In uses of pre-trained machine learning models, it is a known issue that the target population in which the model is being deployed may not have been reflected in the source population with which the model was trained. This can result in a biased model when deployed, leading to a reduction in model performance. One risk is that, as the population changes, certain demographic groups will be under-served or otherwise disadvantaged by the model, even as they become more represented in the target population. The field of domain adaptation proposes techniques for a situation where label data for the target population does not exist, but some information about the target distribution does exist. In this paper we contribute to the domain adaptation literature by introducing domain-adaptive decision trees (DADT). We focus on decision trees given their growing popularity due to their interpretability and performance relative to other more complex models. With DADT we aim to improve the accuracy of models trained in a source domain (or training data) that differs from the target domain (or test data). We propose an in-processing step that adjusts the information gain split criterion with outside information corresponding to the distribution of the target population. We demonstrate DADT on real data and find that it improves accuracy over a standard decision tree when testing in a shifted target population. We also study the change in fairness under demographic parity and equal opportunity. Results show an improvement in fairness with the use of DADT.

Domain Adaptive Decision Trees: Implications for Accuracy and Fairness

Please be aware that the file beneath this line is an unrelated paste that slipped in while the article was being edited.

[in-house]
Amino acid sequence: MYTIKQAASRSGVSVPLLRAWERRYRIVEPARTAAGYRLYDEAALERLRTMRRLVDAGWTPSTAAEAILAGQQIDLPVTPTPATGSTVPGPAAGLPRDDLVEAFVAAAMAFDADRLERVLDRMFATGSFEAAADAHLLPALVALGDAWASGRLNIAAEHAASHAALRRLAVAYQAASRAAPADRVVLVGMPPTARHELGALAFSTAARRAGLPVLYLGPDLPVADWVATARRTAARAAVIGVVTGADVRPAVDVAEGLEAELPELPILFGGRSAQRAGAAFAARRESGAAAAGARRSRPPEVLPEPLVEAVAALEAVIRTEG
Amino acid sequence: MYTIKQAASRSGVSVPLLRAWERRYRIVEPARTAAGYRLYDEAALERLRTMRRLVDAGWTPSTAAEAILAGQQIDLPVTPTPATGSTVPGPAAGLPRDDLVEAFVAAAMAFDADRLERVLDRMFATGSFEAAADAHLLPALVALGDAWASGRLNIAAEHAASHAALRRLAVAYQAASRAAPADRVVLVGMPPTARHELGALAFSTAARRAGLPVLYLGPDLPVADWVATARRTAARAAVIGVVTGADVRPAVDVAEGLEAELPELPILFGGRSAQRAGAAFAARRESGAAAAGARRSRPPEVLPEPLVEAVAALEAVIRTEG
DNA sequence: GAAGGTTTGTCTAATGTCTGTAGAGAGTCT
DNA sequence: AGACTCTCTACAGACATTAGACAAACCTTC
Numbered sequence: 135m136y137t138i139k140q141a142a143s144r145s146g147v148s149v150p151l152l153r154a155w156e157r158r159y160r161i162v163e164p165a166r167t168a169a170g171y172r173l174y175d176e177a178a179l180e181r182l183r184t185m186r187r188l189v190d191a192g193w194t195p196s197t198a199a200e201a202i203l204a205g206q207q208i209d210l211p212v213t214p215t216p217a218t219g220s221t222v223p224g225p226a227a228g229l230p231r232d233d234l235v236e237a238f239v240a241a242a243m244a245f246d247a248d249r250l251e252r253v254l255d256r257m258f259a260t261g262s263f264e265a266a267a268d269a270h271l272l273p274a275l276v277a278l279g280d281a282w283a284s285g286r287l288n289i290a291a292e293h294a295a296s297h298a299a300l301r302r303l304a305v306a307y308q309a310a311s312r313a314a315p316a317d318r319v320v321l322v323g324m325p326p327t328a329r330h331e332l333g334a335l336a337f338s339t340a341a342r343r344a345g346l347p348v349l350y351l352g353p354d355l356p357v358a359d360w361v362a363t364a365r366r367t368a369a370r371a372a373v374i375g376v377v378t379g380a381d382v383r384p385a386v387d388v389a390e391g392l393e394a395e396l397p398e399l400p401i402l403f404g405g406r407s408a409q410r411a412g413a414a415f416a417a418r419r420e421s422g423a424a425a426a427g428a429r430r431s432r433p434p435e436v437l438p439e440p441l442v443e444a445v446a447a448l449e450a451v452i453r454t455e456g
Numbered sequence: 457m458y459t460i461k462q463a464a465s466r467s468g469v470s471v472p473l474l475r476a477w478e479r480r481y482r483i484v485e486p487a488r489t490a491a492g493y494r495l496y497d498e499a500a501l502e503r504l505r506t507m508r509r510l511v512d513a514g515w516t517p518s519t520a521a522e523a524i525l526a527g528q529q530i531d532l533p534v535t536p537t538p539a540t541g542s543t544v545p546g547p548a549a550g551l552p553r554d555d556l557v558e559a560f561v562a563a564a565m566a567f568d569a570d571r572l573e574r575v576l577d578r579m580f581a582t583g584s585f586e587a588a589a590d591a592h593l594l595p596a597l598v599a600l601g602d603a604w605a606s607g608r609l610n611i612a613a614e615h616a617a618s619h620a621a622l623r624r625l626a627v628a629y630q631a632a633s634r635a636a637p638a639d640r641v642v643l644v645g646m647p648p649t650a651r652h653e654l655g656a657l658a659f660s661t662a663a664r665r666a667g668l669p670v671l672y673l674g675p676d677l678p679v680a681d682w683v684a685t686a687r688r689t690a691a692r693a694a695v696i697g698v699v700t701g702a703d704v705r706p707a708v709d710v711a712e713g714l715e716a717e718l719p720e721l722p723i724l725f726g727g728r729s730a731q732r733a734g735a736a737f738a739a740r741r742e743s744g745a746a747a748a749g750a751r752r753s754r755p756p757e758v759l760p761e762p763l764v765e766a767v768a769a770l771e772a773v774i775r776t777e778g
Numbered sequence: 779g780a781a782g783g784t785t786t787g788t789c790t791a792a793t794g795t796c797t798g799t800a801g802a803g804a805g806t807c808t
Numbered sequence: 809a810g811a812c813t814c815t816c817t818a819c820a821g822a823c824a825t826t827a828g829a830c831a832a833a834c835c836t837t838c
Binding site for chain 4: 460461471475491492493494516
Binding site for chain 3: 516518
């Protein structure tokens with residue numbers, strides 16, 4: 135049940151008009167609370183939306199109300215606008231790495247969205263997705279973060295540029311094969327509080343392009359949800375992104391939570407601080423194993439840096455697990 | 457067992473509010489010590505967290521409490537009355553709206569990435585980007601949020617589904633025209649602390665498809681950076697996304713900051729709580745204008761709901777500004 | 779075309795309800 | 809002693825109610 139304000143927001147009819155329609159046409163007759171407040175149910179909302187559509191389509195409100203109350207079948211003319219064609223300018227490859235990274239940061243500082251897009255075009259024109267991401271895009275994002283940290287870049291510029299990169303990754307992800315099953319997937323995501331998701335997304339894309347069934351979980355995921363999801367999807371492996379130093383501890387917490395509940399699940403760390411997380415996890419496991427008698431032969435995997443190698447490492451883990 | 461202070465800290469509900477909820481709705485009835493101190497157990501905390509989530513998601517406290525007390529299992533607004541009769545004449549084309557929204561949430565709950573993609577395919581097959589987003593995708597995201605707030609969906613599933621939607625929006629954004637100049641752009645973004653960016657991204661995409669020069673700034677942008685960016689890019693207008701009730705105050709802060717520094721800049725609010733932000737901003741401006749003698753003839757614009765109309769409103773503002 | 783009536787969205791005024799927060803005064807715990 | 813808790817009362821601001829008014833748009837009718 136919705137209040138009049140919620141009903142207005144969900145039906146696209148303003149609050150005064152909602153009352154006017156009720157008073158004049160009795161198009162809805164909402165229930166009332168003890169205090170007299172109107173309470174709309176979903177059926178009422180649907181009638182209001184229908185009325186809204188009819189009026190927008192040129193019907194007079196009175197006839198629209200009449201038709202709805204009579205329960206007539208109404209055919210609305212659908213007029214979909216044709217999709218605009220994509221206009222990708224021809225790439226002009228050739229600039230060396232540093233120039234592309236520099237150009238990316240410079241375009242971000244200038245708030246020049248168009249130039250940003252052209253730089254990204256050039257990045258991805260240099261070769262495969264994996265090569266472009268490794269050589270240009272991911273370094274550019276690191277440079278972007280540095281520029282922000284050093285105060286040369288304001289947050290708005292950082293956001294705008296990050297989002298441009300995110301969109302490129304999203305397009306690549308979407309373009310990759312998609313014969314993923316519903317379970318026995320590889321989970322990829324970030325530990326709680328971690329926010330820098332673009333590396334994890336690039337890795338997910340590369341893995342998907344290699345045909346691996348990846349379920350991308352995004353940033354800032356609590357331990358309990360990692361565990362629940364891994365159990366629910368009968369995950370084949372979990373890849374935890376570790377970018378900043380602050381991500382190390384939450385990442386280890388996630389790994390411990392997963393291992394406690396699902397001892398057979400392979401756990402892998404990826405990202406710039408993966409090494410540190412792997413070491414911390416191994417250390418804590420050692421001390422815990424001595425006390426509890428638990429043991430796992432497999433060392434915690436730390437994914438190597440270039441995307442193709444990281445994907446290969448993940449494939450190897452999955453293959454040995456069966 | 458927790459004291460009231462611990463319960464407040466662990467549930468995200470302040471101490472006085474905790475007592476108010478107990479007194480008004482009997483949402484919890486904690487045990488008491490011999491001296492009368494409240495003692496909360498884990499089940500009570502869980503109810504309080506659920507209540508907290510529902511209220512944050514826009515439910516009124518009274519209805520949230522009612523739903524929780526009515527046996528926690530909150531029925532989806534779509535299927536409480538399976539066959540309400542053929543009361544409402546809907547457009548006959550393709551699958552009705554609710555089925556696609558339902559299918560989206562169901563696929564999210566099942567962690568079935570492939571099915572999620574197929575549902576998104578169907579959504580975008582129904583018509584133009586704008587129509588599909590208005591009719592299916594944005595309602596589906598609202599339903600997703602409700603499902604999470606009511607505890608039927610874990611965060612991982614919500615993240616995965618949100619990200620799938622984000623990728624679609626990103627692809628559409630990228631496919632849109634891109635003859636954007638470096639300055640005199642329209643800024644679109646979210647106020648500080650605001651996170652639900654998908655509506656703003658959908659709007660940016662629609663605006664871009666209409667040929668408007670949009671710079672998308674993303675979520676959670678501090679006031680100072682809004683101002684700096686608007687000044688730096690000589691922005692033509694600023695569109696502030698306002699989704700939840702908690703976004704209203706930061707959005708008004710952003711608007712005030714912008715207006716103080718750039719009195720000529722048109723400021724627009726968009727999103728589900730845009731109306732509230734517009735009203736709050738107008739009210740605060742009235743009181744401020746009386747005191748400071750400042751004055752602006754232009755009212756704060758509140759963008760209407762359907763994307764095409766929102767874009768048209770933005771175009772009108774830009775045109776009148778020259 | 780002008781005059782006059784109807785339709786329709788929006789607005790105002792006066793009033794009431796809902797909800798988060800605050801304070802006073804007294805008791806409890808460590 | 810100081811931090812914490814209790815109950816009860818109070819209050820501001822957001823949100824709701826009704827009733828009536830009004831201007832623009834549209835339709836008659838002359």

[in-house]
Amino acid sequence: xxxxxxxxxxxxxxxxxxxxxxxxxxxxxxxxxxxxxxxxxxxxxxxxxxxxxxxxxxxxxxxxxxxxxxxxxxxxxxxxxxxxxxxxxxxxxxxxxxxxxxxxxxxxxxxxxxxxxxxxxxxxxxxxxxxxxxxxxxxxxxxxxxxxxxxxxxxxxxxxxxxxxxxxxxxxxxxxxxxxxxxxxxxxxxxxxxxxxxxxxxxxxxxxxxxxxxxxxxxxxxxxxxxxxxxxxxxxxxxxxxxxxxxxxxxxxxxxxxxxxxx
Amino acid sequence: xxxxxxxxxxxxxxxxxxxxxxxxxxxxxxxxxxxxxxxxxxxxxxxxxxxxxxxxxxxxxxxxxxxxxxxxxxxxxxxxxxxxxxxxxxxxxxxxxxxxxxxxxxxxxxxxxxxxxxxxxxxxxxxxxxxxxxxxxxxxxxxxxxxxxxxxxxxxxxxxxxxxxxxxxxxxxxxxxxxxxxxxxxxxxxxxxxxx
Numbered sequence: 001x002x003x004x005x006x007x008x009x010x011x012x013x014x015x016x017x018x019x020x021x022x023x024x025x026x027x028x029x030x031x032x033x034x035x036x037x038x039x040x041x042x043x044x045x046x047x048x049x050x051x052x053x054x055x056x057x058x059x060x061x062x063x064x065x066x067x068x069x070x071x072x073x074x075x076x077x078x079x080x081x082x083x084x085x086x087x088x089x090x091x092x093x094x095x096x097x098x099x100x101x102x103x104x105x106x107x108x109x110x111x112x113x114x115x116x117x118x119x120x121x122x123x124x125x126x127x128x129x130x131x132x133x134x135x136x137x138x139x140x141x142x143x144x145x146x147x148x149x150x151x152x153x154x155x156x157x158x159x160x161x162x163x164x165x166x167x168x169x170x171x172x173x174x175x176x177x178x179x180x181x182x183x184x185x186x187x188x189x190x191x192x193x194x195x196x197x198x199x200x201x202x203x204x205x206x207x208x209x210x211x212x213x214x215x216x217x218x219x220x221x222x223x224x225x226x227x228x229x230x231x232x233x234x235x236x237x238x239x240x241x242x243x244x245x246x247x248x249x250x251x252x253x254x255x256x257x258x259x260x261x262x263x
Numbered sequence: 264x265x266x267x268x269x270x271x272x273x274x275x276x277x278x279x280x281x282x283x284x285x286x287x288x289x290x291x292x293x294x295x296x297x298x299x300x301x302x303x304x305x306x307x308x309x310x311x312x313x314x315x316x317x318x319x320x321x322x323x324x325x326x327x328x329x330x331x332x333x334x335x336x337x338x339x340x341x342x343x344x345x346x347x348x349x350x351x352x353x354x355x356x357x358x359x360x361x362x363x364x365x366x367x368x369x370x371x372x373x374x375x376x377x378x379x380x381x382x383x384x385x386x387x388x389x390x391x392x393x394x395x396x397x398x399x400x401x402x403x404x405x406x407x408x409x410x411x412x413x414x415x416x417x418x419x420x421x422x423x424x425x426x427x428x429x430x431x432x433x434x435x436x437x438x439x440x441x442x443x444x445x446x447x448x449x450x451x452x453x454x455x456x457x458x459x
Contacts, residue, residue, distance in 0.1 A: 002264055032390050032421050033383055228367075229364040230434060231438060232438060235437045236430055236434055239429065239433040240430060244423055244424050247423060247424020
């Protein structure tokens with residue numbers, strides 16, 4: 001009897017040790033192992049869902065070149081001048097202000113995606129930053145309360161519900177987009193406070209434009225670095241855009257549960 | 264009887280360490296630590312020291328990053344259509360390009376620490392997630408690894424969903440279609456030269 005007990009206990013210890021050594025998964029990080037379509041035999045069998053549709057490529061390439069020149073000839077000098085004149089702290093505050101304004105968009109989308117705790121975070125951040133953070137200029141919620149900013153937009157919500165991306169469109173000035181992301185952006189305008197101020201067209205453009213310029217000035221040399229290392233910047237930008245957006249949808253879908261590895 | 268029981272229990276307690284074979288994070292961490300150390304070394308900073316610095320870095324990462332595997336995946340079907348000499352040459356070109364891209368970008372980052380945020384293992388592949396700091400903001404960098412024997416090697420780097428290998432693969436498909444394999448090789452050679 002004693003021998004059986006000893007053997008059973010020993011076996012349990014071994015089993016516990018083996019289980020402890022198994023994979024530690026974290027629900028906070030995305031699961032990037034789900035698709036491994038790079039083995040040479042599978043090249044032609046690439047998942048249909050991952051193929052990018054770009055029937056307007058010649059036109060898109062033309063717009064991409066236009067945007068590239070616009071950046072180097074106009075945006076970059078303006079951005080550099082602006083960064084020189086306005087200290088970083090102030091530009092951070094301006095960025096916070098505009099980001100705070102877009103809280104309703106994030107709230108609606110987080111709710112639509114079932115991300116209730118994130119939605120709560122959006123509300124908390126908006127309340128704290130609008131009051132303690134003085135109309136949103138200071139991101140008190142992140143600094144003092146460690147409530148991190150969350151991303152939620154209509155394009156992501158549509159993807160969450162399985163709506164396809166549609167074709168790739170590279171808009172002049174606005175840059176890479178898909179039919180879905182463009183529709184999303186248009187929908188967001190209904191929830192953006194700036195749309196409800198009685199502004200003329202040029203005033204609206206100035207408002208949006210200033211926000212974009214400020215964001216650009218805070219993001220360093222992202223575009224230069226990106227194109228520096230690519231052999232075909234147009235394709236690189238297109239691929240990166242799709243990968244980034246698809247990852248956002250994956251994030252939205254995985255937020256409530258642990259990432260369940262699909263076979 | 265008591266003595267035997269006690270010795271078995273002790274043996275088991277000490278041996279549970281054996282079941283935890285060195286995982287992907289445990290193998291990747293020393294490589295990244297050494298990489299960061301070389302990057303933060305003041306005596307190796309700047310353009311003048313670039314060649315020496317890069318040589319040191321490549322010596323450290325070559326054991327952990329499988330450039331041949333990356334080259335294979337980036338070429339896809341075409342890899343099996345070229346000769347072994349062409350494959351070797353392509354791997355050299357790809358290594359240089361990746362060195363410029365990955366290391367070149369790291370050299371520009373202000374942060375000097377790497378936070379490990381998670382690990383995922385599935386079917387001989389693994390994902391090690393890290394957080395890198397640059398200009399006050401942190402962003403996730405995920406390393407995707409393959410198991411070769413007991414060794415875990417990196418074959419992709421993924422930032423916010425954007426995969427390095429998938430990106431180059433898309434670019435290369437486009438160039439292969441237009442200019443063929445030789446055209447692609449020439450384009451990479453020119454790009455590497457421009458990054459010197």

Alvarez J. M.;Ruggieri S.
2023-01-01

Abstract

In uses of pre-trained machine learning models, it is a known issue that the target population in which the model is being deployed may not have been reflected in the source population with which the model was trained. This can result in a biased model when deployed, leading to a reduction in model performance. One risk is that, as the population changes, certain demographic groups will be under-served or otherwise disadvantaged by the model, even as they become more represented in the target population. The field of domain adaptation proposes techniques for a situation where label data for the target population does not exist, but some information about the target distribution does exist. In this paper we contribute to the domain adaptation literature by introducing domain-adaptive decision trees (DADT). We focus on decision trees given their growing popularity due to their interpretability and performance relative to other more complex models. With DADT we aim to improve the accuracy of models trained in a source domain (or training data) that differs from the target domain (or test data). We propose an in-processing step that adjusts the information gain split criterion with outside information corresponding to the distribution of the target population. We demonstrate DADT on real data and find that it improves accuracy over a standard decision tree when testing in a shifted target population. We also study the change in fairness under demographic parity and equal opportunity. Results show an improvement in fairness with the use of DADT.
2023
9798400701924
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Utilizza questo identificativo per citare o creare un link a questo documento: https://hdl.handle.net/11568/1197587
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